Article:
1. Before Game 7 of the Eastern Conference Finals, Boston Celtics guard Derrick White said “If it was easy, it wouldn’t be us.”
That now applies to the 2022 NBA Finals too.
The Golden State Warriors again used a big third quarter to launch themselves to a big lead. This time around, there was no letup in the fourth quarter.
Simply put, this one was over early.
The third quarter was where the wheels came off, but the problems were evident earlier than that. We’ll cover all of it, as we attempt to pick up the pieces after a blowout.
2. We wrote before the game the series started that third quarters would be a bellwether. The Warriors are one of the NBA’s best third-quarter teams. They regularly come out from the break and either turn games around or turn them into runaways.
The Celtics trend towards the opposite.
In Game 1, Golden State outscored Boston 38-24 in the third to take a 12-point lead into the fourth quarter.
In Game 2, the Warriors outscored the Celtics 35-14 immediately after halftime to take a 23-pont lead into the fourth quarter.
As they morphed into the NBA’s best team in 2022, it seemed like Boston had figured out the third quarter thing. They were the ones coming out of the locker room and taking control of games. It even became a bit of a running joke that Ime Udoka must be delivering some incredible halftime speeches.
In the playoffs, that’s seemed to reverse a bit, for whatever reason.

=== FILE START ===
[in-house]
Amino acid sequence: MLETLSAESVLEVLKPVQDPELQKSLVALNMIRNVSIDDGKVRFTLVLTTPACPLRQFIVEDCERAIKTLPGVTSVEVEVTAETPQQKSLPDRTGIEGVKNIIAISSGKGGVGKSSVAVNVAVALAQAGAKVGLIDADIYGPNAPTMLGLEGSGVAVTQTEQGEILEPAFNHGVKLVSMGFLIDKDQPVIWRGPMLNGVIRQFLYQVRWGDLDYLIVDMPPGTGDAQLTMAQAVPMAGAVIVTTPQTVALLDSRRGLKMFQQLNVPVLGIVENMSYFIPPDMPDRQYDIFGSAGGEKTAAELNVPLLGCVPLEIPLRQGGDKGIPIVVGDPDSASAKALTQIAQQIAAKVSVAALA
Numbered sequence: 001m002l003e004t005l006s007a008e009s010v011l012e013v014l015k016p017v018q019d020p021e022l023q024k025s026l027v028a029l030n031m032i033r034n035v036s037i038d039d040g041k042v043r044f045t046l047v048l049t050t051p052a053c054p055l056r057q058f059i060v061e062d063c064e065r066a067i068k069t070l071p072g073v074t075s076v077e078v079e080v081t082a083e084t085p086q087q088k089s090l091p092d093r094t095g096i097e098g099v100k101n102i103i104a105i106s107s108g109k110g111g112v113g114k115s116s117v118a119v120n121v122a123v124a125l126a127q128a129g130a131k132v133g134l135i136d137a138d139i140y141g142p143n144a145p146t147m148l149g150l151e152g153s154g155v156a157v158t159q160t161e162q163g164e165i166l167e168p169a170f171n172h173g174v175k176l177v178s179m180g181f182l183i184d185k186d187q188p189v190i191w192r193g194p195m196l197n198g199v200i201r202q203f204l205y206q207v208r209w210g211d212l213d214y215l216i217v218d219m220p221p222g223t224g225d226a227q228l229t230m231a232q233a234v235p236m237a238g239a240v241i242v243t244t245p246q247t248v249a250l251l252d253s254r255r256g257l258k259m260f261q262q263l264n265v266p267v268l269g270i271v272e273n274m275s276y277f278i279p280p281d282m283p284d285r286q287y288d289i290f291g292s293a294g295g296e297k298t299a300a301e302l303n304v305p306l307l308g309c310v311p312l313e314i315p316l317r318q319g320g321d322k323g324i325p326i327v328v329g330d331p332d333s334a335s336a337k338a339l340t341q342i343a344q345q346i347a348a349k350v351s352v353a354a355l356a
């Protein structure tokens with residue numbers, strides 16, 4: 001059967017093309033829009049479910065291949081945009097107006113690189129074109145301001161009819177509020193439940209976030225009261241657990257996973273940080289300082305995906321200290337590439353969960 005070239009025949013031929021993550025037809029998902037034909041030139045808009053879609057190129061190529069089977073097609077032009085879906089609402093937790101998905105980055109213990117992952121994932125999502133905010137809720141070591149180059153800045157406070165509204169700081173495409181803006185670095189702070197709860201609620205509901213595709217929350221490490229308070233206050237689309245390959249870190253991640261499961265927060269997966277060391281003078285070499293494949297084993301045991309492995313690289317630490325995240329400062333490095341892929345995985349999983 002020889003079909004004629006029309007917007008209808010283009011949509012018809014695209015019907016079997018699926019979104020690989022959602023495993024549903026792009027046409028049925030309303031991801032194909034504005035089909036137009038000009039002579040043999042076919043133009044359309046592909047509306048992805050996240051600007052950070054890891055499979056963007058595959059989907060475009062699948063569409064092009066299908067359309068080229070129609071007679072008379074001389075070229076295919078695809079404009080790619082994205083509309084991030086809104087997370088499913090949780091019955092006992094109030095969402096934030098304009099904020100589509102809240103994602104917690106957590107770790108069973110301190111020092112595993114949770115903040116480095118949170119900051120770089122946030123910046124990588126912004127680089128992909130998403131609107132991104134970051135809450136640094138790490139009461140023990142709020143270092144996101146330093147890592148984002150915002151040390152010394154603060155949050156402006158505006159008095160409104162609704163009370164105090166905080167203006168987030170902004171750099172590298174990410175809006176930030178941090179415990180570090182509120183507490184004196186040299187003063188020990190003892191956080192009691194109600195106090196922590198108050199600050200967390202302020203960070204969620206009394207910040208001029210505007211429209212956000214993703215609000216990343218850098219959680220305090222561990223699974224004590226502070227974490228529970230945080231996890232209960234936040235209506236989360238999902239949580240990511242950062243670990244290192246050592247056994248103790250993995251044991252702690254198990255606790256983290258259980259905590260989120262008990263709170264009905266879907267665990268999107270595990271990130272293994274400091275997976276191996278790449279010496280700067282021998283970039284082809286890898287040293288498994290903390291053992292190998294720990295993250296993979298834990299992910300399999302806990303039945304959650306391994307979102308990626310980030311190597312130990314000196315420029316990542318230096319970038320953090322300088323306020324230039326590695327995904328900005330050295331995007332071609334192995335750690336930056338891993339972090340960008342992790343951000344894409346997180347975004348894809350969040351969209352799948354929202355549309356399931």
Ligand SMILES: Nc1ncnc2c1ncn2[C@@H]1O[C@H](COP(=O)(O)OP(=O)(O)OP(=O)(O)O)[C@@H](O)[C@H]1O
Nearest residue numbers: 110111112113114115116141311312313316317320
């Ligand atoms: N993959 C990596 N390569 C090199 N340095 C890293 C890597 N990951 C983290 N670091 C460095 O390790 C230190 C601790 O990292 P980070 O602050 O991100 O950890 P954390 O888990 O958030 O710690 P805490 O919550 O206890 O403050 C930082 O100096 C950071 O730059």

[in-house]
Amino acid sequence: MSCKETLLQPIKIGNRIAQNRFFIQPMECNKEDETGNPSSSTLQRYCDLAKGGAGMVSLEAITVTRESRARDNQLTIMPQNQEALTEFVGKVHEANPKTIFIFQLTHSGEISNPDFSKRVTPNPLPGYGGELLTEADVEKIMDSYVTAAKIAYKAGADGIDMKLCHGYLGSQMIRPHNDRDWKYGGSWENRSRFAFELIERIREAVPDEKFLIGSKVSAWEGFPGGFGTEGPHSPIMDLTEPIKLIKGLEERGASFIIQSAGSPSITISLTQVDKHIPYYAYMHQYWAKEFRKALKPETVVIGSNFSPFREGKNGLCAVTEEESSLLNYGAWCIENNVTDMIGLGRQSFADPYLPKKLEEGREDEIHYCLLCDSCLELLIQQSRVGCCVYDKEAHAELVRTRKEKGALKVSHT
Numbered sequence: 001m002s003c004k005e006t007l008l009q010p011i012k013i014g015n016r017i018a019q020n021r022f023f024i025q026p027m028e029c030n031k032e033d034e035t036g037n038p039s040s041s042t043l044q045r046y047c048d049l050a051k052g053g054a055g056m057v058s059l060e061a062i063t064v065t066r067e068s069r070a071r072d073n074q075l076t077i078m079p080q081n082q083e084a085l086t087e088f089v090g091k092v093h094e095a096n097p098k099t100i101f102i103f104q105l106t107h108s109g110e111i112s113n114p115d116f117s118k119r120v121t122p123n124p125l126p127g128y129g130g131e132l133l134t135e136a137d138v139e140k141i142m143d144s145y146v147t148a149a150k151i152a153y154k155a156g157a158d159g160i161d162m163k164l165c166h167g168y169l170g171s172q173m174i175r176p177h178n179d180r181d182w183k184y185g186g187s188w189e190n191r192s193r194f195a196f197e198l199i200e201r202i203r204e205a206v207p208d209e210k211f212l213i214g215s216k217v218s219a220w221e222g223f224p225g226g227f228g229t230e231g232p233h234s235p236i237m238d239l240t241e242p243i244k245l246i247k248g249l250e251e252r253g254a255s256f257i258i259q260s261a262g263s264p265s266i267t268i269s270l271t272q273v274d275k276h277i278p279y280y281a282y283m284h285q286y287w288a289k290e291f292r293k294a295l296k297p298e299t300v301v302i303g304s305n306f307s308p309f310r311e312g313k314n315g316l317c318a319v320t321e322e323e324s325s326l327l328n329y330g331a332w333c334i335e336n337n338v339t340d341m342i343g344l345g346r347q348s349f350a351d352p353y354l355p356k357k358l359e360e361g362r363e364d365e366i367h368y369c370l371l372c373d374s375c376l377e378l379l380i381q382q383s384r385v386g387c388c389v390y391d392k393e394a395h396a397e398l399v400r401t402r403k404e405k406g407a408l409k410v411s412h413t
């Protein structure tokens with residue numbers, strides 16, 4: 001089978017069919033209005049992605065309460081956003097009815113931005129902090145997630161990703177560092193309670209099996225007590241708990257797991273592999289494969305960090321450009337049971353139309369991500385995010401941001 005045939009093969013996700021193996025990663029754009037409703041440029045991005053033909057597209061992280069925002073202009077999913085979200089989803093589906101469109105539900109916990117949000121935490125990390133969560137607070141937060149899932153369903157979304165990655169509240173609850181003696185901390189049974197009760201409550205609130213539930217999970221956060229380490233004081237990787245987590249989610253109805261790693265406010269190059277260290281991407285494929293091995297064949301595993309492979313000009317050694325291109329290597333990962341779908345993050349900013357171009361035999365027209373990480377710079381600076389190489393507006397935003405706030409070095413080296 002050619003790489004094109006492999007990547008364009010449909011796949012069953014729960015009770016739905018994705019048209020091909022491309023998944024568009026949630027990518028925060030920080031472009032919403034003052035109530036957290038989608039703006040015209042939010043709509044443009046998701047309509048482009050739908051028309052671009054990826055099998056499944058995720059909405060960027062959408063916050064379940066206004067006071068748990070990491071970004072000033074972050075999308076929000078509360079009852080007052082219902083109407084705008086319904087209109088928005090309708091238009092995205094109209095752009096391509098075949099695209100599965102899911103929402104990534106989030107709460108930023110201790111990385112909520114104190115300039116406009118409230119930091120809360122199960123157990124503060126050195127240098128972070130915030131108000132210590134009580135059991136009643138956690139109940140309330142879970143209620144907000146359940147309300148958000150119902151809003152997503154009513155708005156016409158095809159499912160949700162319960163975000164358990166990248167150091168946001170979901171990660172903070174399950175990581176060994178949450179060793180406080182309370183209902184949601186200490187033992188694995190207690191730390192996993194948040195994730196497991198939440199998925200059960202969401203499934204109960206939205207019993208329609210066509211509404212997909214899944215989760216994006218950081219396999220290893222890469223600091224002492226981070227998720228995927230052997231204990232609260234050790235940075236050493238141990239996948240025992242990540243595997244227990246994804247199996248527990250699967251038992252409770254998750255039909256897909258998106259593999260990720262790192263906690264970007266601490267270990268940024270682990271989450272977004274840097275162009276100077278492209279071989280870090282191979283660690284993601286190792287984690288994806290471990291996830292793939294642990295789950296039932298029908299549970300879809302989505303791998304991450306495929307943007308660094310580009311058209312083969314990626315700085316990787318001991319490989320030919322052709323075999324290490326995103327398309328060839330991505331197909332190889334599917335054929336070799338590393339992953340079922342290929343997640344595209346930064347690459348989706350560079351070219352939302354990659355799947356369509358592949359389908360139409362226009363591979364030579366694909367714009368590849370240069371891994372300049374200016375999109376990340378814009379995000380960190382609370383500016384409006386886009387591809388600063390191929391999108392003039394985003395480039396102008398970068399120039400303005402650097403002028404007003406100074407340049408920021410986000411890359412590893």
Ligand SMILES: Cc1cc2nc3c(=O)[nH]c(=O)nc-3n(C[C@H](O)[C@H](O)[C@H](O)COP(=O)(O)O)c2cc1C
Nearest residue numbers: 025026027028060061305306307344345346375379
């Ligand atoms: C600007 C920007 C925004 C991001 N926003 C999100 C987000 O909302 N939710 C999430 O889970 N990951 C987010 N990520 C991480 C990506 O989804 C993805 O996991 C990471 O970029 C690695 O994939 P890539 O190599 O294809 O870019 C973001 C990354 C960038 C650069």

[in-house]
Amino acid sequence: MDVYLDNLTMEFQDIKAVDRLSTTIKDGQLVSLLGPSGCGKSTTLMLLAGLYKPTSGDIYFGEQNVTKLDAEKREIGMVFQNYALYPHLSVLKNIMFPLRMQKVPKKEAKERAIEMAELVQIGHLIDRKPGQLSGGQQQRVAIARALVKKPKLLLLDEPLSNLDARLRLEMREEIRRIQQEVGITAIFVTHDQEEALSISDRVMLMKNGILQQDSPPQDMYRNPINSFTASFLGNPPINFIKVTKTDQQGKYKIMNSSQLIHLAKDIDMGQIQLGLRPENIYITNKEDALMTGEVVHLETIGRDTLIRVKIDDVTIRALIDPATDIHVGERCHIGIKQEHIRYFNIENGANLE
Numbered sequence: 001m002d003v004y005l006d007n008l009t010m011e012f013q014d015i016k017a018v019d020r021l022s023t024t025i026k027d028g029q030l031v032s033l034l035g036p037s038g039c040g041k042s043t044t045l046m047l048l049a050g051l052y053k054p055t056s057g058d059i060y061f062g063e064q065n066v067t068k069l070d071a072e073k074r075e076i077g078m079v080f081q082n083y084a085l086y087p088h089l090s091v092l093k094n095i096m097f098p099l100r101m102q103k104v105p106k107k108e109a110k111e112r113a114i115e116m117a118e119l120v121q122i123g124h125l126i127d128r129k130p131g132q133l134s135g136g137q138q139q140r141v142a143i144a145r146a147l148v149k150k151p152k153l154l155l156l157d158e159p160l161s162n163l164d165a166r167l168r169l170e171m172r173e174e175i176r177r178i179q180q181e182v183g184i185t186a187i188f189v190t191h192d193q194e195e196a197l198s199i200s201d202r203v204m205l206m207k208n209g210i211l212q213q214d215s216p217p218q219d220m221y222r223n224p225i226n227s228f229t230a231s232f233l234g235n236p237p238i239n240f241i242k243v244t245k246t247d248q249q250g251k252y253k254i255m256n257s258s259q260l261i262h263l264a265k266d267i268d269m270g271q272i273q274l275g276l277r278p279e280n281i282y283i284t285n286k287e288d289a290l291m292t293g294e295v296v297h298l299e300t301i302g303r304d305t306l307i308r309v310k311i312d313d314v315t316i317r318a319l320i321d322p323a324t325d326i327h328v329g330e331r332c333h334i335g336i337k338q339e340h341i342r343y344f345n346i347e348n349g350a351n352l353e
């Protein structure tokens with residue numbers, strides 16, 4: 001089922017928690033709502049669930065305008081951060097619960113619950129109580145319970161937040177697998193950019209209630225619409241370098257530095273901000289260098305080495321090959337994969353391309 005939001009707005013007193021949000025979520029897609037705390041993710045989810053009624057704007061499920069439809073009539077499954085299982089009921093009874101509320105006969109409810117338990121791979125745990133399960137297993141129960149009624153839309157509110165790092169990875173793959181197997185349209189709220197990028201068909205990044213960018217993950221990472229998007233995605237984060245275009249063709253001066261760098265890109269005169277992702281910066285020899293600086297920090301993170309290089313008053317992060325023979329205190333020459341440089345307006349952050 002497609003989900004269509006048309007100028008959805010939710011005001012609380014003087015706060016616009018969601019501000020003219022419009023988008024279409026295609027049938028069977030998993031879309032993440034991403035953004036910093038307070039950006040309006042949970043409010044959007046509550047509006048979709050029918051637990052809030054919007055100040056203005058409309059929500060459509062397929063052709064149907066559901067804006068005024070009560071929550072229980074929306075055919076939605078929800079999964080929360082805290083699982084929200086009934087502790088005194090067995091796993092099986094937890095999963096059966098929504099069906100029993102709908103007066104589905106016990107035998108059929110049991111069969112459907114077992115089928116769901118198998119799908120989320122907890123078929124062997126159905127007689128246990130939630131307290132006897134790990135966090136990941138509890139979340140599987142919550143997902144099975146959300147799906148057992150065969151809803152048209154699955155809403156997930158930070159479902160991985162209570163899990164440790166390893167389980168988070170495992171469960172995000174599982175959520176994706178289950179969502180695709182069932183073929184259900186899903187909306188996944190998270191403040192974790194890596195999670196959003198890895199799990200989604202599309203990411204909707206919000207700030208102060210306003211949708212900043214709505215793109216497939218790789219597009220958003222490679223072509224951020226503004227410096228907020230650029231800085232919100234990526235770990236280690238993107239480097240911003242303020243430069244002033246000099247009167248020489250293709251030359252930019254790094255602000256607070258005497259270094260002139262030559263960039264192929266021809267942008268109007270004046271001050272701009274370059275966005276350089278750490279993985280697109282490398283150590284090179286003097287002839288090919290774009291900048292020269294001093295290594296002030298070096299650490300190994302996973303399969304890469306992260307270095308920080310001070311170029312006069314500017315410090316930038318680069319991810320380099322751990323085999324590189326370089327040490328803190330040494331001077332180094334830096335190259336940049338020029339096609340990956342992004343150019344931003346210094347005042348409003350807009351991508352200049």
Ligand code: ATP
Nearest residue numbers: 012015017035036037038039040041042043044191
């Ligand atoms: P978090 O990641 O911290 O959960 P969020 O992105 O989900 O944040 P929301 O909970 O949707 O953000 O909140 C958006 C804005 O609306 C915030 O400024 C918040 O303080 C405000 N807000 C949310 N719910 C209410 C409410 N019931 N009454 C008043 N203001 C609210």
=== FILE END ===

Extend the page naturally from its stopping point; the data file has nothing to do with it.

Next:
Bouncing back is a great trait to have. Relying on it quite as much as the Celtics do is concerning, especially when it’s in-game.
3. Ultimately, Boston lost by 19 points, but that was after a final period that was mostly garbage time. The pre-garbage time margin was consistently around 22-25 points.
Helping the Warriors get there were a whopping 33 points off 19 Boston turnovers. Cut those numbers in half, and it’s a different ballgame.
We don’t need to go over the numbers from the entire playoff run to state the following: When the Celtics turn the ball over a lot, they lose. When they don’t, they win.
Is that overly simplifying things? Perhaps. But sometimes basketball is a pretty simple game.
4. This is as good a spot as any to address the officiating.
The Celtics didn’t lose because of the refereeing. You don’t get down by as many as 29 points because of the way the game is being called.